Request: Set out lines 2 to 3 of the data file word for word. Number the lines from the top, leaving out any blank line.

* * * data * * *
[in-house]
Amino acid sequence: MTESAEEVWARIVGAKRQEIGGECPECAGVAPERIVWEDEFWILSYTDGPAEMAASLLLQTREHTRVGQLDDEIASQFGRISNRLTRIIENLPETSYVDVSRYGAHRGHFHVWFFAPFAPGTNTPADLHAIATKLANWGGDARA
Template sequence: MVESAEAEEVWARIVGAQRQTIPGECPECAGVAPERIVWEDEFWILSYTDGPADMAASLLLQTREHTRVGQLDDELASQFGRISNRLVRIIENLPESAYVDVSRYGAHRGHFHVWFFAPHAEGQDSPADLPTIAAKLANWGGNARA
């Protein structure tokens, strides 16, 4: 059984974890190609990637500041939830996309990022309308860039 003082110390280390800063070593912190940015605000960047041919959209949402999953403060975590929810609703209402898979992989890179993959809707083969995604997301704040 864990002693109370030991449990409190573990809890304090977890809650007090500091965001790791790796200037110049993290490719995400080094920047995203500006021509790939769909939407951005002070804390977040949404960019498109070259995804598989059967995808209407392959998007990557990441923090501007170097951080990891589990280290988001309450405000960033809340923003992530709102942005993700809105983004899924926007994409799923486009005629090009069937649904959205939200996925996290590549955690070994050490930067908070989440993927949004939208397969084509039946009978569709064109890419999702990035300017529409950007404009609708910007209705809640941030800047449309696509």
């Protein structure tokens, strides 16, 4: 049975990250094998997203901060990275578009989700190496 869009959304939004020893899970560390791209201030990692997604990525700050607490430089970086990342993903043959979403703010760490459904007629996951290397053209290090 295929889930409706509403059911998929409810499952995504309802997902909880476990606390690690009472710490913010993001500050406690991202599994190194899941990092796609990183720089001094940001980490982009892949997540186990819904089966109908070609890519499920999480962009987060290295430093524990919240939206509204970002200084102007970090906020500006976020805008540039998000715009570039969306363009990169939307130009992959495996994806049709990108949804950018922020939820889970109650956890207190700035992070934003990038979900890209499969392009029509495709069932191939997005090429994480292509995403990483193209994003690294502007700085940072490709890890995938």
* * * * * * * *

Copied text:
Amino acid sequence: MTESAEEVWARIVGAKRQEIGGECPECAGVAPERIVWEDEFWILSYTDGPAEMAASLLLQTREHTRVGQLDDEIASQFGRISNRLTRIIENLPETSYVDVSRYGAHRGHFHVWFFAPFAPGTNTPADLHAIATKLANWGGDARA
Template sequence: MVESAEAEEVWARIVGAQRQTIPGECPECAGVAPERIVWEDEFWILSYTDGPADMAASLLLQTREHTRVGQLDDELASQFGRISNRLVRIIENLPESAYVDVSRYGAHRGHFHVWFFAPHAEGQDSPADLPTIAAKLANWGGNARA